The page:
"Faith, indeed, has up to the present not been able to move real mountains... But it can put mountains where there are none."
Tonight as I fumbled my way through butchering a chicken, my very first, my eyes feverishly trailed the blood and sinew till they could no more tell which was what. Despite the plethora of recipes and my reputation as a cook (okay, I can't help but be a narcissist here!), I had never ever dared touching raw flesh. That was always Sam's job. But tonight I had to, for the husband was 'busy'. Making my way through the wobbly carcass, I realised it's no big deal. What was I so afraid of? It's just meat and it's dead. There!
And so sprung up a string of incidents that have remained singularly unforgettable in my inconsequential life thus far...
I was barely ten then, when I had once returned home from my regular evening recreation before the helplessness of 'homework time' would kick in. How I had straight gone into the bathroom to hide the gaping wound on my thigh that had resulted from a bad bicycle fall. Lest the parents see it and give me a good piece of their mind, which I was anyway quite used to in those days. Lest I am rushed to the hospital for that much dreaded shot. But like all mothers do, mine too discovered the wound after a day or so and what followed should better be left out. Let's just say the lesson thrived well inside me, for years. Because the next time I had tumbled off and bruised myself, I had just cycled on briskly with a bleeding knee to the hospital. Shot time!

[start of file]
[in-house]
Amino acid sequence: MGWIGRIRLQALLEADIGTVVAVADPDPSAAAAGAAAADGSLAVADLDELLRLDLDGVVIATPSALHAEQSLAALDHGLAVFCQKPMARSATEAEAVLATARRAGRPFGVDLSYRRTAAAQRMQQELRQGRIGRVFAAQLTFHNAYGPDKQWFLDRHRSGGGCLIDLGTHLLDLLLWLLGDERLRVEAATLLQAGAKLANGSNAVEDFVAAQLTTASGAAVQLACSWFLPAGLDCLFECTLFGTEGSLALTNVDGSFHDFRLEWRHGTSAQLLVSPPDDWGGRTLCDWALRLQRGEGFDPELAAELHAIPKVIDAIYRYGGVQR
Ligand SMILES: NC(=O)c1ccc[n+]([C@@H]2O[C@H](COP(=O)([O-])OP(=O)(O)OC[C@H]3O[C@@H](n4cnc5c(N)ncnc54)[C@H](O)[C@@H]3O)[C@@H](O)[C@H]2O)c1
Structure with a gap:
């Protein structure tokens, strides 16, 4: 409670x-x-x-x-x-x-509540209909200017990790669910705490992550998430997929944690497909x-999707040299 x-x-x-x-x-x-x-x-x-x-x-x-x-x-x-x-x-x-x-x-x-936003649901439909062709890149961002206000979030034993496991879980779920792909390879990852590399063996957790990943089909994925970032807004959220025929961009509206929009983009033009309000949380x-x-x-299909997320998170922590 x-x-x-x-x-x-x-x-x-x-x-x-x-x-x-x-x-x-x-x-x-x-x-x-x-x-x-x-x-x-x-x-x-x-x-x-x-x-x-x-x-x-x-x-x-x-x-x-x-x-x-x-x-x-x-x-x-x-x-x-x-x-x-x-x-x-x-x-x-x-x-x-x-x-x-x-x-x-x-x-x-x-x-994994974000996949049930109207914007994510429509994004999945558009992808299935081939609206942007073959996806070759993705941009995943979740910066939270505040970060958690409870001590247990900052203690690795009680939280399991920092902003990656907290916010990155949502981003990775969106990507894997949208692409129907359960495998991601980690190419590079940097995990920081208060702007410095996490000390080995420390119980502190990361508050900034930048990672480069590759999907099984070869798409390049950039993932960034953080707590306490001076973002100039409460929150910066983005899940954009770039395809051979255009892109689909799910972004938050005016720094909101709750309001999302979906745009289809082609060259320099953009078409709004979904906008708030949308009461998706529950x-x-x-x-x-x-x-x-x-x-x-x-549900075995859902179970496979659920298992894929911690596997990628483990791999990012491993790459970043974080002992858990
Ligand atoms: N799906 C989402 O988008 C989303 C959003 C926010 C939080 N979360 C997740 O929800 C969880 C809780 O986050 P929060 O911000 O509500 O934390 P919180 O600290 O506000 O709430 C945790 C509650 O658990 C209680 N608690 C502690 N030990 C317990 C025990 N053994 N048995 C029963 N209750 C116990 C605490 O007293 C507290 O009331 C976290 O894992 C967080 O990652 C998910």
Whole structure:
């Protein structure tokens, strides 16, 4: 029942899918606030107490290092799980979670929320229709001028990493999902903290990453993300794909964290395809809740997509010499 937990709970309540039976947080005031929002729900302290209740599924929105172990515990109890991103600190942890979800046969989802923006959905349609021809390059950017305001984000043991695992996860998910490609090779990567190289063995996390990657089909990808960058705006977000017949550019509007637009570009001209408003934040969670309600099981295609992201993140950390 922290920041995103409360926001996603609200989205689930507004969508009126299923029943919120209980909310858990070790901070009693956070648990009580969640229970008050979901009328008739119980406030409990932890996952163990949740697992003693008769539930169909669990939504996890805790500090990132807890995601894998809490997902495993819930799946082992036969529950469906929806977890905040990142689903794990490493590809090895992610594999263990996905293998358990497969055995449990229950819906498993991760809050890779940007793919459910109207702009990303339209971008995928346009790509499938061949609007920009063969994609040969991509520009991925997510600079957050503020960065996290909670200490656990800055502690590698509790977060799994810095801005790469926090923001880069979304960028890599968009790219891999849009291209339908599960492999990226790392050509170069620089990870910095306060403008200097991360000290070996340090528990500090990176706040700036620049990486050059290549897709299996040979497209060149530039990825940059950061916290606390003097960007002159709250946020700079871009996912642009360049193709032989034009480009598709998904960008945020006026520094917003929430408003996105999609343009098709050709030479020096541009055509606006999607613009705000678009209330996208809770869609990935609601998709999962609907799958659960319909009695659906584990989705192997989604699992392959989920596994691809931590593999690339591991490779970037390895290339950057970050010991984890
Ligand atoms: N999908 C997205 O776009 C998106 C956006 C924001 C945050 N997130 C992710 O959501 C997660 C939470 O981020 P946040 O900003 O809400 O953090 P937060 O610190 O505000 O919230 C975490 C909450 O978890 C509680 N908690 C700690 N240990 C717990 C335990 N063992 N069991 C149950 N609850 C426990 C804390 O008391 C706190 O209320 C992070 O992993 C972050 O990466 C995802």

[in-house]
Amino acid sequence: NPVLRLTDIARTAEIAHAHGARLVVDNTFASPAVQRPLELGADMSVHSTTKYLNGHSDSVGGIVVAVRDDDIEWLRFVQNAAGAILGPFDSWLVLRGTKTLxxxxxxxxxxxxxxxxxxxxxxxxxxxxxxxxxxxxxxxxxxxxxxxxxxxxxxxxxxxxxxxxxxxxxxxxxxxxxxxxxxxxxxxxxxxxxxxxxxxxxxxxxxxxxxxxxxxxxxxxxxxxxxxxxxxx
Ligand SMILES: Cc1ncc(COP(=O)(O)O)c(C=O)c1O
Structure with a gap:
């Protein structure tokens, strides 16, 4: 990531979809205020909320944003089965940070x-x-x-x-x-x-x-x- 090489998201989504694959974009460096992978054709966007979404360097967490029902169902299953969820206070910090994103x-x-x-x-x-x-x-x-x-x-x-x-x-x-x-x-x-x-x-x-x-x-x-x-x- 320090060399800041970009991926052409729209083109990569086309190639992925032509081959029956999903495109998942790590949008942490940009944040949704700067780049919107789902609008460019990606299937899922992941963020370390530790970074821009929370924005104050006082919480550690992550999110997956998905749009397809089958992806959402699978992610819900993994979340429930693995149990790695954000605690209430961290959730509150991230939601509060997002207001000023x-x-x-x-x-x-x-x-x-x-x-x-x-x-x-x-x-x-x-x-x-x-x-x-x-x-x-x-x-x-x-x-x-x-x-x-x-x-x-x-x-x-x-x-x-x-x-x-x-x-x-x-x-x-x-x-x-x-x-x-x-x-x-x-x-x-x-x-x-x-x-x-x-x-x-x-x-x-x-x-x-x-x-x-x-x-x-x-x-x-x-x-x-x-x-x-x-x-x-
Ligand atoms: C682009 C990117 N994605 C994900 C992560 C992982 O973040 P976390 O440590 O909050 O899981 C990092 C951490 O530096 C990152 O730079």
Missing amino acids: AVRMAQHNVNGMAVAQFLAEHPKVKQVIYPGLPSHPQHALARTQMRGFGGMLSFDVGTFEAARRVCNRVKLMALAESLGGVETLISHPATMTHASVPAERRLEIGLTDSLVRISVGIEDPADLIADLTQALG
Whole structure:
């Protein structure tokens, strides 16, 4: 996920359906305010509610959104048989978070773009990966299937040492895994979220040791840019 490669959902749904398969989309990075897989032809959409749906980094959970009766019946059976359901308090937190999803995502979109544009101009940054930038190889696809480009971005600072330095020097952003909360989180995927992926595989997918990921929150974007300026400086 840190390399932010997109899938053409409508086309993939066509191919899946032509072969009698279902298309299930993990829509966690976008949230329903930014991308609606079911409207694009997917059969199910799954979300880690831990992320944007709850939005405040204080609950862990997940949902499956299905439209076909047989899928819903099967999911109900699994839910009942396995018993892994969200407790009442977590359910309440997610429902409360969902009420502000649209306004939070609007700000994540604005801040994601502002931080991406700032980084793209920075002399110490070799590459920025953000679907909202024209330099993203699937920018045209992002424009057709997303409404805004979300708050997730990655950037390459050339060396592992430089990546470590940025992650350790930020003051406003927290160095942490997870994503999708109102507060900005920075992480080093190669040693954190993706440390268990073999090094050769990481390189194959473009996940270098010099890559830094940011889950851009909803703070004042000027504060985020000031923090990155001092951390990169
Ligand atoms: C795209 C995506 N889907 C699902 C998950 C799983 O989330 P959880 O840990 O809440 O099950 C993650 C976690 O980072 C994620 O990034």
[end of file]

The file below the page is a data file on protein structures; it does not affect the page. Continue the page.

Three winters back during a rafting adventure, when almost drowning in the glacial waters of the Teesta, I had seen it looming large like a green monster. Fear. Little did I know that the life jacket would fail me when the then daredevil in me had decided to take an impulsive plunge into the tempting Himalayan waters. I was already doing the goodbyes in my mind, and all this when I was just a month-old newly wed. How supremely unreal the moment felt! Suddenly, something inside me had silenced the howling tears and strangled that sneering monster. And there I was, streamlined (what if a creature from the deep pulled me into the fathomless depths!), holding on to the boat and actually using my head. Of course, I was rescued back into the boat. Of course I cried, wailed in fact, but not before I was snug and secure in one of the changing huts.
One afternoon, when words had been whispered and blames had been hurled inside closed doors. When judgement was sung callously, the notes of which still ring deep in my ears. When I learnt that it takes only a handful of days for some people to stab you right in the heart. Just like a spell, the mirror of illusions had broken. And how I was reborn, stripped of doubts and fear. And a little respect, too. Fate lets you have only one choice (which I proudly have) and keeps the rest for herself - perhaps the most important of all lessons I've learnt.
It starts from some point. How we carry some fears with us all along and then one day we just drop it, like clothes from a tired body. One fine day, just nothing matters. Absolutely nothing.